The imaging apparatus of the present disclosure includes an imaging apparatus body, an openable unit coupled to the imaging apparatus body via a hinge unit, and aforementioned imaging unit disposed at one end of the openable unit.

The present disclosure can offer a small imaging unit with good operability that can be rotated in two axial directions, and an imaging apparatus equipped with the imaging unit.

BRIEF DESCRIPTION OF THE DRAWINGS

FIG. 1 is a perspective view of an appearance of a digital video camera in accordance with an exemplary embodiment.

FIG. 2 is a perspective view of the digital video camera in a state an openable unit is opened (non-use state).

FIG. 3 is a perspective view of the digital video camera in the state the openable unit is opened (selfie state).

FIG. 4 is a perspective view of the digital video camera in the state the openable unit is opened (confronting shooting state).

FIG. 5 is a block diagram of an electrical configuration of the digital video camera.

FIG. 6 is an exploded perspective view of the openable unit of the digital video camera.

FIG. 7A is a perspective view of a sub-camera and a switch unit.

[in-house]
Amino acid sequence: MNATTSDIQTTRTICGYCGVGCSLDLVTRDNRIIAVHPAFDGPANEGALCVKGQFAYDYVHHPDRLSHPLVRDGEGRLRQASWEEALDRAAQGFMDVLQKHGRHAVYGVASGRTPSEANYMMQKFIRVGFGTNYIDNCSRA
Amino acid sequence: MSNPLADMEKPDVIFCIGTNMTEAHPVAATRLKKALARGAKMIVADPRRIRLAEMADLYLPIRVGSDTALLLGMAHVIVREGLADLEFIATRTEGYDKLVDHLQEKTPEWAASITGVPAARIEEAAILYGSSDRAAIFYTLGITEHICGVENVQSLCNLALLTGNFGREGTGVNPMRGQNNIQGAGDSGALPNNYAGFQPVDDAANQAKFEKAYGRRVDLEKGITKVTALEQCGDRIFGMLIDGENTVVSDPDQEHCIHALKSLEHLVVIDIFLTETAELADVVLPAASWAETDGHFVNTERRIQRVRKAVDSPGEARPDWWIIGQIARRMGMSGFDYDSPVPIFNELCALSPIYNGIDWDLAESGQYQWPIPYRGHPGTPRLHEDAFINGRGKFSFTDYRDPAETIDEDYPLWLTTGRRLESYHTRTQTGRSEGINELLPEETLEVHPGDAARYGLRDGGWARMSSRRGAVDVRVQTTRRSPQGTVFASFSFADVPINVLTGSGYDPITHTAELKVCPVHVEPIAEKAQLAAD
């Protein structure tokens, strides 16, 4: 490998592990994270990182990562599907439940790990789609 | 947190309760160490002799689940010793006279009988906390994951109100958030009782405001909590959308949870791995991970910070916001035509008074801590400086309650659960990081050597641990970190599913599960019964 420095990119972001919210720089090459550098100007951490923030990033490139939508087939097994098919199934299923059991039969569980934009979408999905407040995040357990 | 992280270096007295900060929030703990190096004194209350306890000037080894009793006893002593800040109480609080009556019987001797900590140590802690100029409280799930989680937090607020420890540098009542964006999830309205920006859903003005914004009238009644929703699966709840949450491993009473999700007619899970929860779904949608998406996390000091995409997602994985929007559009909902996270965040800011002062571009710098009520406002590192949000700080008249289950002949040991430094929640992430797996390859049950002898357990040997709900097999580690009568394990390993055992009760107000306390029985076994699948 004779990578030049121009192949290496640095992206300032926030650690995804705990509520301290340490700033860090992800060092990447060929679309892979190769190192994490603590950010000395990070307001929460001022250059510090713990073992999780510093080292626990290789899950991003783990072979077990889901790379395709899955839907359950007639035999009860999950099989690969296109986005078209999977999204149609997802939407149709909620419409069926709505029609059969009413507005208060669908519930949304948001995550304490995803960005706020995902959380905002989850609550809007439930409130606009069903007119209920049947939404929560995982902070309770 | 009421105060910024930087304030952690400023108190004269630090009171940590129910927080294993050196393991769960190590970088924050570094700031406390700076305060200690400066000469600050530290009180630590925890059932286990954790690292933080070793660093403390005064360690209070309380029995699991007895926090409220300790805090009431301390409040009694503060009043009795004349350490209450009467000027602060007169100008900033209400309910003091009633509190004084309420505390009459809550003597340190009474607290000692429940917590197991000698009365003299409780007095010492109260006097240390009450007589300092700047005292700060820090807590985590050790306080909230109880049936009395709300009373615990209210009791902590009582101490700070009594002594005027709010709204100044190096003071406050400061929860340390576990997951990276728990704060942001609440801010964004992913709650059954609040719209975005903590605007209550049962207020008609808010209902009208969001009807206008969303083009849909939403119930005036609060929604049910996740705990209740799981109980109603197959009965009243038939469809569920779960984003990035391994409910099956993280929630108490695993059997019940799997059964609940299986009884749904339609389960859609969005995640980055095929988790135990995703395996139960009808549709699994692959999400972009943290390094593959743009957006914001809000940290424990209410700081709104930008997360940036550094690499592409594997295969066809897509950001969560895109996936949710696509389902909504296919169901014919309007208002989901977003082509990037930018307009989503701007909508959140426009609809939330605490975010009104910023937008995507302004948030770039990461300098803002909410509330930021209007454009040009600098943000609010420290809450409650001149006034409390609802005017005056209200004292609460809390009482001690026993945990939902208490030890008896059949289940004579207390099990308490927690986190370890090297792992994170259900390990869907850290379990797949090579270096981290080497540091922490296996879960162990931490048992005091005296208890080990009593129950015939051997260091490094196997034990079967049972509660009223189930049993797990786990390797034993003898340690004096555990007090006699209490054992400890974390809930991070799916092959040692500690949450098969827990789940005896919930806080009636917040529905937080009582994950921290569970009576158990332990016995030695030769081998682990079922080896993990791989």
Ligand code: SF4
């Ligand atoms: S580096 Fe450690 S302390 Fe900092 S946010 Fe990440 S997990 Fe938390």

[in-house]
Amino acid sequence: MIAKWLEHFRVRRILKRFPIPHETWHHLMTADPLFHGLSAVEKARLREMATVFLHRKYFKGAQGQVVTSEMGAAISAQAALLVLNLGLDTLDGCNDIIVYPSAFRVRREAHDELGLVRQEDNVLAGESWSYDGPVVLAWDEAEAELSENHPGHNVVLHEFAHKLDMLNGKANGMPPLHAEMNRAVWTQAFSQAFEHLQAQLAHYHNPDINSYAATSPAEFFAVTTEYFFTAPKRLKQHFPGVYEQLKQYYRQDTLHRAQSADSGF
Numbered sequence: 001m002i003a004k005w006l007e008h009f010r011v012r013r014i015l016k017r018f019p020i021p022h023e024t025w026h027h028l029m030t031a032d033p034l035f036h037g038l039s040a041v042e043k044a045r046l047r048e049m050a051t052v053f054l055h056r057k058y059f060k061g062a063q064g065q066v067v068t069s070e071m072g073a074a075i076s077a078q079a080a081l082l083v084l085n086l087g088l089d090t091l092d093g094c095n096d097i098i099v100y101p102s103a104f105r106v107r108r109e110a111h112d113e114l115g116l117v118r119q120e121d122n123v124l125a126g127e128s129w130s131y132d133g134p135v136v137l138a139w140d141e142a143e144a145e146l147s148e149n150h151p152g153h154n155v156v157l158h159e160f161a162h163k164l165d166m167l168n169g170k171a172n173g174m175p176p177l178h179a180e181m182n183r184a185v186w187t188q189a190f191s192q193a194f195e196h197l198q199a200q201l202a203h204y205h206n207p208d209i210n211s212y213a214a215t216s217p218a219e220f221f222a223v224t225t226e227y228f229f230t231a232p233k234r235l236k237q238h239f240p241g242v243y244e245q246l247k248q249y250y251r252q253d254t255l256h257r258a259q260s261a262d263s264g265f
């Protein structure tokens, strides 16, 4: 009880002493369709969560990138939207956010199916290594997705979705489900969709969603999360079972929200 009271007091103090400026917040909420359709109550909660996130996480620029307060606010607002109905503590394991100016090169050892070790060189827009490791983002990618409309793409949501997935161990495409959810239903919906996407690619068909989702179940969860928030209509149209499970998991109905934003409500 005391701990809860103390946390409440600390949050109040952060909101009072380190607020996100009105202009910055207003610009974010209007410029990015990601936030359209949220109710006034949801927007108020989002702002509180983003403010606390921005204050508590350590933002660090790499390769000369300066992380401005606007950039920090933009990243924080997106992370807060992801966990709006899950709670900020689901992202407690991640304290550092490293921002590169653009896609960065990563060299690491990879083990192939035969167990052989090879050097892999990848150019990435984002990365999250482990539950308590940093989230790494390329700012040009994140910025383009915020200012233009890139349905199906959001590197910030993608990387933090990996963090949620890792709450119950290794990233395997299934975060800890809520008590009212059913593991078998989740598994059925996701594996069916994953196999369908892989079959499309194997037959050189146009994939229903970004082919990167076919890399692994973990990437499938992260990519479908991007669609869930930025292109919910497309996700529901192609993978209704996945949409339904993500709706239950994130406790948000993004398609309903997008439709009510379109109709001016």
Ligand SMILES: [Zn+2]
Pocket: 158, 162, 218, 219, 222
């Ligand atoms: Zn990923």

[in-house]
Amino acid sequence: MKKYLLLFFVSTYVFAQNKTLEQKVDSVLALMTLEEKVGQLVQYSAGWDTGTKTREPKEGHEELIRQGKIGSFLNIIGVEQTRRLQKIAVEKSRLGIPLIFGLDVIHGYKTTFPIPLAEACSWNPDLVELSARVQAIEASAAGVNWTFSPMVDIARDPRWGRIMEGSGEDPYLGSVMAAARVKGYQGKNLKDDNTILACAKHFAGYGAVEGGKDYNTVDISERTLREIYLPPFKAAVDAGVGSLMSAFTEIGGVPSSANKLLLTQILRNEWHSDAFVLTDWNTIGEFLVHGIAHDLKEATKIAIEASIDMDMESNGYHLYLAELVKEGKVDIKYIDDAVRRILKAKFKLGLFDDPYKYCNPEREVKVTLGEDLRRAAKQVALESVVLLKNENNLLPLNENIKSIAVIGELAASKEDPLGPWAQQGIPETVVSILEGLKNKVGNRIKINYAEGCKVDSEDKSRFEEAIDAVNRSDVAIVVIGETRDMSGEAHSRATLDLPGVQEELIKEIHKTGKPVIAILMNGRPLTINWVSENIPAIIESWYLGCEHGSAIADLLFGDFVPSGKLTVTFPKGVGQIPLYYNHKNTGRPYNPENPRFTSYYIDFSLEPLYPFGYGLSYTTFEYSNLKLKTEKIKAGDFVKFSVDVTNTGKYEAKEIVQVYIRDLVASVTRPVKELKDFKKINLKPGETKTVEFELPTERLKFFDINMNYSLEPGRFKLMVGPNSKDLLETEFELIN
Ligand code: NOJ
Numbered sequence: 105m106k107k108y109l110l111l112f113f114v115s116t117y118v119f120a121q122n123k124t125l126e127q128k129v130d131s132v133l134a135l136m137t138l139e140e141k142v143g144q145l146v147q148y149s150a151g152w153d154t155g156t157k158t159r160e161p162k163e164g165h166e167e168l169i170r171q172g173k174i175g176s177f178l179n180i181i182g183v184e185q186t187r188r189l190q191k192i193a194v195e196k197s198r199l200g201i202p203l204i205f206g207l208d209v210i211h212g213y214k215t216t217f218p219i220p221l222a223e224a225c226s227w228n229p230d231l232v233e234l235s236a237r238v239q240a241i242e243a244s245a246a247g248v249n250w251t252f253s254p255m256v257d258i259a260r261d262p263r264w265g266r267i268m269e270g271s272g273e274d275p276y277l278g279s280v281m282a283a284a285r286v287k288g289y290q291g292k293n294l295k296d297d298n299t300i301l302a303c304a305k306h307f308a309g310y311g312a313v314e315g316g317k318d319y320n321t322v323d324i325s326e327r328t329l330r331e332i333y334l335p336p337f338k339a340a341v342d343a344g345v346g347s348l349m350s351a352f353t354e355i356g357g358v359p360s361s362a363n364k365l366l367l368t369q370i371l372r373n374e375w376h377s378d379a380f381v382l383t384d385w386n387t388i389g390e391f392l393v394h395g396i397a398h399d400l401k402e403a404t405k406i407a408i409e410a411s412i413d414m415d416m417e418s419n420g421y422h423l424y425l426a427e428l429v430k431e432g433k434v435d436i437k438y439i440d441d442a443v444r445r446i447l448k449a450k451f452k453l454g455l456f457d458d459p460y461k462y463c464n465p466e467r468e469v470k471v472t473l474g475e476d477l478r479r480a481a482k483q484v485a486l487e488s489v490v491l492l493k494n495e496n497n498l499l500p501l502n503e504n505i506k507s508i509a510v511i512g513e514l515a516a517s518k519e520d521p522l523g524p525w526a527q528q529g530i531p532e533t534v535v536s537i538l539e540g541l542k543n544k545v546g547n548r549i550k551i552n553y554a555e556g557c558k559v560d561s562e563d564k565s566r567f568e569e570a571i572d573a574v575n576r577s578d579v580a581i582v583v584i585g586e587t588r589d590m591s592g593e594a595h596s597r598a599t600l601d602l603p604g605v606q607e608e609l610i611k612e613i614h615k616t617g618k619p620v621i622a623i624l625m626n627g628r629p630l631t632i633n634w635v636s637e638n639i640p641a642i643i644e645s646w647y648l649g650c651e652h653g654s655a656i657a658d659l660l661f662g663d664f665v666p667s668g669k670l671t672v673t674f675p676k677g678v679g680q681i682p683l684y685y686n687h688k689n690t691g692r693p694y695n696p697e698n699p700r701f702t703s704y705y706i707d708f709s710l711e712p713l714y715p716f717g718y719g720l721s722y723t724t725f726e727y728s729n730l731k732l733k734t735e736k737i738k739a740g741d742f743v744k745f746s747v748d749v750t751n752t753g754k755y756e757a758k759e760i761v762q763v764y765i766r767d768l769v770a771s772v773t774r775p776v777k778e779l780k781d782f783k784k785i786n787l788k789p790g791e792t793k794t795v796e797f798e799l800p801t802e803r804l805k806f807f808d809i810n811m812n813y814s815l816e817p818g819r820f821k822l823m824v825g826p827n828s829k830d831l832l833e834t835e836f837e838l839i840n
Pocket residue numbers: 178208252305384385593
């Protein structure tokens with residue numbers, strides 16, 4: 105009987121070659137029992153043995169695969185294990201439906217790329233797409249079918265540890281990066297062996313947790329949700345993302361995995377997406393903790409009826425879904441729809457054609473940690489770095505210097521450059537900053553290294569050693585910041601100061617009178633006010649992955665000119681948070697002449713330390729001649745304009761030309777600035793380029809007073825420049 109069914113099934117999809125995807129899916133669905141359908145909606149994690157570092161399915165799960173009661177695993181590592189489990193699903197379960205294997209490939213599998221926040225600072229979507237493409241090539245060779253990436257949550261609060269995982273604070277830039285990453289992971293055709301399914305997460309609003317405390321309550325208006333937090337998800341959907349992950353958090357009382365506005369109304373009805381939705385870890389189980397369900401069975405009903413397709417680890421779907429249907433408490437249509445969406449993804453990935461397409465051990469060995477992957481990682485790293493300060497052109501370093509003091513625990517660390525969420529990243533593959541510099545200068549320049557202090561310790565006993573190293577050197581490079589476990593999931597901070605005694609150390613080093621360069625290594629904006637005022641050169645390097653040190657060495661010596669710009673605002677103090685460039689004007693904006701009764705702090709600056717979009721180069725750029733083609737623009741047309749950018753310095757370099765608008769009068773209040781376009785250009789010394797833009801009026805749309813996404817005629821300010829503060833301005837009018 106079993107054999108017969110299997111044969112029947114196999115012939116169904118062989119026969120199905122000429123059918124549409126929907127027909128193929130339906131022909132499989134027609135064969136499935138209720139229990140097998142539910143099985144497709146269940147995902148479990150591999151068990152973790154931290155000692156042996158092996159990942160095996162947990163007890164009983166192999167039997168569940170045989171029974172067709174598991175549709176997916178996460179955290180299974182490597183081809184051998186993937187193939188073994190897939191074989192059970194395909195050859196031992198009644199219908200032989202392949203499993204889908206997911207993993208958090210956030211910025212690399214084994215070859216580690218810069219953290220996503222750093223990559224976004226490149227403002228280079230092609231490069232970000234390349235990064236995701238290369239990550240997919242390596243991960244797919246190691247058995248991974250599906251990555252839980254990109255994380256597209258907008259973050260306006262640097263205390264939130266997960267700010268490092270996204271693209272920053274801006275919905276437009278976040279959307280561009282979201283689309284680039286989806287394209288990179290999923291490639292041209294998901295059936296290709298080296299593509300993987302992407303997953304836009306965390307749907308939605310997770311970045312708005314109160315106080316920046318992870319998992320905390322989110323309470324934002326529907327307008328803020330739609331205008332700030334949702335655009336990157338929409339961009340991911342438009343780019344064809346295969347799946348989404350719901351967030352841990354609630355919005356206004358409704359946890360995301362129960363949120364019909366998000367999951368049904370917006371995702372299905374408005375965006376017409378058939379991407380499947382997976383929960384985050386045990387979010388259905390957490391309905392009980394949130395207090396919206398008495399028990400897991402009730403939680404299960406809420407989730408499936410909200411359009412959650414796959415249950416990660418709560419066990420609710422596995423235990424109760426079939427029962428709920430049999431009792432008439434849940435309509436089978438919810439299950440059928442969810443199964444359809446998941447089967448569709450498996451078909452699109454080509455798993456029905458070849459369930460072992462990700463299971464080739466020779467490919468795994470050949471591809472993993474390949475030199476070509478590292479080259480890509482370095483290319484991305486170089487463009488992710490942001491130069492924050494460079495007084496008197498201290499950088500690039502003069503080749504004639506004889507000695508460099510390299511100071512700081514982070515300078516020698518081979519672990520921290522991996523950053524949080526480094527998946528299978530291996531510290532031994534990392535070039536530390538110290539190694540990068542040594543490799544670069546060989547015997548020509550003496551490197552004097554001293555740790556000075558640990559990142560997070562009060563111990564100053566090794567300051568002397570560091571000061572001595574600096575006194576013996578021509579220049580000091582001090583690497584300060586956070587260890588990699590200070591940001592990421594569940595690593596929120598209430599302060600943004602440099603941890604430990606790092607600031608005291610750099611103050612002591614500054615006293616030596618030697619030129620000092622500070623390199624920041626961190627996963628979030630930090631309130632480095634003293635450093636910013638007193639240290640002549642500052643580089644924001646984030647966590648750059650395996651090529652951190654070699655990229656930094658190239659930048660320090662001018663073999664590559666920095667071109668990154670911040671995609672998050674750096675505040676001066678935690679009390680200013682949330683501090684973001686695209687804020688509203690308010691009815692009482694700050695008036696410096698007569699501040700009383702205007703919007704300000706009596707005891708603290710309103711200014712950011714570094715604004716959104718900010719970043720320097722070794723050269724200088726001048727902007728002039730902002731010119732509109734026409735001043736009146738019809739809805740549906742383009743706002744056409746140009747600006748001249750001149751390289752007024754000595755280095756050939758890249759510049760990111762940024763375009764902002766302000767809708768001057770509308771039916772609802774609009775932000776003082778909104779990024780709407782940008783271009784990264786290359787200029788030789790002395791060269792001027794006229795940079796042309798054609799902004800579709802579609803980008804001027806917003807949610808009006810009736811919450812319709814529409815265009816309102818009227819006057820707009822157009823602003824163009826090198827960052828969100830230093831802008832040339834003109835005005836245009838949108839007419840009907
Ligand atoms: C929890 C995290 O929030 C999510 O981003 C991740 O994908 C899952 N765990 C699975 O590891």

FIG. 7B is a magnified perspective view of the switch unit shown in FIG. 7A (Part 7B in FIG. 7A).

FIG. 8 illustrates transition of the switch unit in line with the rotation of the sub-camera.

FIG. 9 is a perspective view of the sub-camera.

FIG. 10 is a perspective view of a camera unit of the sub-camera.

FIG. 11 is a side view of the camera unit of the sub-camera in an upright state.

FIG. 12 is a side view of the camera unit of the sub-camera in a forward tilt state.

FIG. 13 is a side view of the camera unit of the sub-camera in a backward tilt state.

DETAILED DESCRIPTION OF THE PREFERRED EMBODIMENT

An exemplary embodiment is detailed below with reference to drawings. However, description in details more than necessary may be omitted. For example, detailed description of well-known subjects and duplicate description of practically the same configuration may be omitted. This is to avoid unnecessary redundancy in the description to facilitate understanding of a person having ordinary skill in the art.